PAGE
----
Year after year you pass ghosts. You see their pictures and their belongings—hats, gloves, uniform articles, their ancient E6-B “computers,” models of the planes they flew,  and an array of other paraphernalia that would befit a fine aviation museum. You pass a painting of a captain from the 1960s. His eyes seem to follow you. You’ve passed him so many times he remembers you. Then you reach one of those tiny briefing rooms with their dry eraser boards and their bland safety posters that haven't changed a bit in nearly 25 years. 

There I met my First Officer, Travis. It always starts the same. Like this: You sit down with your stick partner and chat idly until the PI (Pilot Instructor) sweeps in, shakes your hand and opens his materials. He exchanges pleasantries then looks at his watch. He says “[Inject a name here of one of his PI peers] is in Sim 6 with a crew now, but he should be finishing up soon. So we can get in early if you guys want to.”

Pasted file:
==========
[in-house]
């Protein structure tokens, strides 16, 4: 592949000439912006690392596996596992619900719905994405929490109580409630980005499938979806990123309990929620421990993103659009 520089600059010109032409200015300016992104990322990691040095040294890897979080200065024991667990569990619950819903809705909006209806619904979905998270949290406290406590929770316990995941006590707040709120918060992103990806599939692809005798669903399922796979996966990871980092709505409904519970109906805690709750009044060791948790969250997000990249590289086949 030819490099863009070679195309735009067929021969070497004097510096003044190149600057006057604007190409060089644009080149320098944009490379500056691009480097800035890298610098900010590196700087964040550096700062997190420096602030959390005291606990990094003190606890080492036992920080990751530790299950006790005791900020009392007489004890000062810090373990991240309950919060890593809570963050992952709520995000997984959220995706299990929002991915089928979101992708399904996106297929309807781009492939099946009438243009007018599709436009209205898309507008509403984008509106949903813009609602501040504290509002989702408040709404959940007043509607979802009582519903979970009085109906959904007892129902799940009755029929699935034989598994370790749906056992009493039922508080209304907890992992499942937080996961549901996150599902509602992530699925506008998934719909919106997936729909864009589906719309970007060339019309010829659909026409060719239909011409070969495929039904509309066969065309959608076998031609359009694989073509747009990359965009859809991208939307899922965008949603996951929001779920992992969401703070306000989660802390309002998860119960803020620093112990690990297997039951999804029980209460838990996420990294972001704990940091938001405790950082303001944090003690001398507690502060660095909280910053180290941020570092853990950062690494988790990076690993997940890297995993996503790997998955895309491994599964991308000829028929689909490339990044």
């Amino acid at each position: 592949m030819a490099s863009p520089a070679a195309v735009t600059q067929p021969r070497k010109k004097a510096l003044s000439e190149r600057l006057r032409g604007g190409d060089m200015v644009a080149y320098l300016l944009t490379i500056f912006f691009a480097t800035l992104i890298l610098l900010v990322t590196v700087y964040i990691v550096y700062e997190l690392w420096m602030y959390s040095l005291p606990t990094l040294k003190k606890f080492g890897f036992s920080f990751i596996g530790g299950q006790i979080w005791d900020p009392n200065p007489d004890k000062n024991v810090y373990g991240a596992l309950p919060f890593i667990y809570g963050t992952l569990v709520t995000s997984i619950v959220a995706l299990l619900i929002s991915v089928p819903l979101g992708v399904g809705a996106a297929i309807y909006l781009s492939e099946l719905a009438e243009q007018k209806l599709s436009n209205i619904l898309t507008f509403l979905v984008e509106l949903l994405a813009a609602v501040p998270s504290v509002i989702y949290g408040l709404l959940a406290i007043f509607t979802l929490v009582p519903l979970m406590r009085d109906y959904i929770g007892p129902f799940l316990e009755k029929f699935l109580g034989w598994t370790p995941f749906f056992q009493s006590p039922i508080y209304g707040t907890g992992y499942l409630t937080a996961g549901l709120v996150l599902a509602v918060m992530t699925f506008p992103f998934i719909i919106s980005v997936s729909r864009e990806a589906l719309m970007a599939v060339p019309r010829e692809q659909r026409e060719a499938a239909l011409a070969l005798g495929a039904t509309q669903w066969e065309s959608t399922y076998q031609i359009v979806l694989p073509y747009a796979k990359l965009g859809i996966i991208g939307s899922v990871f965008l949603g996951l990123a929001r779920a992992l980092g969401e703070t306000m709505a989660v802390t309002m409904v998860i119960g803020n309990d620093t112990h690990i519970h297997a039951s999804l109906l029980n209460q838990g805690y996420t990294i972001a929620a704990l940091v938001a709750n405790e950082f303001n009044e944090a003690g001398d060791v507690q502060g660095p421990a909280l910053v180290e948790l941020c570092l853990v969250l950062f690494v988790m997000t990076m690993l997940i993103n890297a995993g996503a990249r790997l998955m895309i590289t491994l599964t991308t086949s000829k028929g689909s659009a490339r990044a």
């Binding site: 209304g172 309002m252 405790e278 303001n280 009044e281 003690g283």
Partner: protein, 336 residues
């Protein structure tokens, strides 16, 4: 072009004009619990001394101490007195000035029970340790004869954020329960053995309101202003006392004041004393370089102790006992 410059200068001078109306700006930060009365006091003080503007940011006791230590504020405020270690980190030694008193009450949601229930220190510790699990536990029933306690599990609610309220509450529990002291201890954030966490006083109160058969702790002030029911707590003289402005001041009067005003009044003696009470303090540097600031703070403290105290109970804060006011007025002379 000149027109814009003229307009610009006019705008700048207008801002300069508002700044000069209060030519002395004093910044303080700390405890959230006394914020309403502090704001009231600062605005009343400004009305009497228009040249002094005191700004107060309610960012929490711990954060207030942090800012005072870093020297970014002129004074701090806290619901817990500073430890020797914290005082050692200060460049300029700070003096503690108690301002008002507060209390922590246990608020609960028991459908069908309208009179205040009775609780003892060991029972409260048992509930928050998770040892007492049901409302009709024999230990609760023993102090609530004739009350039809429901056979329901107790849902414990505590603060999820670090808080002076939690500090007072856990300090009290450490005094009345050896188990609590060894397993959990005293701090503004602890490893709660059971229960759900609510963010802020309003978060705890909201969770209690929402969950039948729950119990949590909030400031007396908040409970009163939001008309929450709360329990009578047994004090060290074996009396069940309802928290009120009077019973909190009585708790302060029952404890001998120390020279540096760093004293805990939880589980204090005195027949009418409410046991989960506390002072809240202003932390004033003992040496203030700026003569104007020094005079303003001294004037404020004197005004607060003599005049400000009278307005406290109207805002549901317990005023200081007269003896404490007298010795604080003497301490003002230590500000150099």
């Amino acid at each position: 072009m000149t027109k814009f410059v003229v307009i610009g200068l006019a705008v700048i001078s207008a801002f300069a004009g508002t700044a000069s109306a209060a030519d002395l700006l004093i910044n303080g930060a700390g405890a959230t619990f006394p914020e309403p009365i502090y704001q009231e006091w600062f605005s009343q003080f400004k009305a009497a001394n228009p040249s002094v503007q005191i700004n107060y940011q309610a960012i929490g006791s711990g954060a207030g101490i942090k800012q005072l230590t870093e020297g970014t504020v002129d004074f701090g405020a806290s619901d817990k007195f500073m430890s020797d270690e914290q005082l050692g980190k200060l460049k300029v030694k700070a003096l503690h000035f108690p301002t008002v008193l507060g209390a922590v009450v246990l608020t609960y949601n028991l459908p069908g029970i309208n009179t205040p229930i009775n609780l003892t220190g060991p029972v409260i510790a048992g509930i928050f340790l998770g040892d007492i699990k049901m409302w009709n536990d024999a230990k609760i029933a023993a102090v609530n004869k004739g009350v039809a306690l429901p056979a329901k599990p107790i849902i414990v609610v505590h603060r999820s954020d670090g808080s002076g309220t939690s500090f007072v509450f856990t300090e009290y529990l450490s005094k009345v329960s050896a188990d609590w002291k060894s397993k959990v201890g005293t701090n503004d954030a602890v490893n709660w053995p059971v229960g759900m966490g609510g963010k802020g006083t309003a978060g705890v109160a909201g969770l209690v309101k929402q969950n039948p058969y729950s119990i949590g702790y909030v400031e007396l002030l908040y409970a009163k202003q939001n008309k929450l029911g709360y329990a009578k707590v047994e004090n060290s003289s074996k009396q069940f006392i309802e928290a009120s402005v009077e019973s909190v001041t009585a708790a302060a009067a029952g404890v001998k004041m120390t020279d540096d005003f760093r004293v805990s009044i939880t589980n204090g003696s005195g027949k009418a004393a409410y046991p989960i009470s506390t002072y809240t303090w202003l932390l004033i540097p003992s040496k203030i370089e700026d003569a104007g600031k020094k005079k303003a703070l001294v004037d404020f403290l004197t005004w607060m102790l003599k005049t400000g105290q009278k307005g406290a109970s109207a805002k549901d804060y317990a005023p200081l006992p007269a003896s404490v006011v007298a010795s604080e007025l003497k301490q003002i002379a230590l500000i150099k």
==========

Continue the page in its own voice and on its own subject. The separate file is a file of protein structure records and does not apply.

Of course we vigorously nod. In early is out early, most of the time.

But on this, the final PC, at least one thing has changed that I never expected. I was assigned a simulator I had never before in all those years flown. It was 767 Sim-6, newer than the others, with better visuals. I thought, “This might be fun.” Wrong again.

Travis was an ex-USN Hornet driver. Very brainy. Knew everything in the books. I used to be intimidated by those types, but now I just shrug them off. I doubt Ham was much of a book man. Besides, I thought, I'll show this kid his book smarts can't hold a candle to my stick and rudder skills.

Travis chattered on during the small talk minutes while we waited with our PI for Sim-6 to disgorge its current victims so we could get on and begin our four hours of torture. He had just gotten back from vacation in Hawaii where he snorkeled. He surfaced for a breather and a surf boarder invited him to hang on and rest. After twenty minutes of chatting with the guy he realized he was talking to Tom Cruise. How novel—naval aviator meets Maverick on surf board. I think I'd prefer meeting Goose though. I’d ask him to talk to me.

We waited longer than our PI had expected. In fact the crew that was in Sim-6 went overtime. That usually meant some of their maneuvers needed to be repeated. That always gives you a queasy feeling.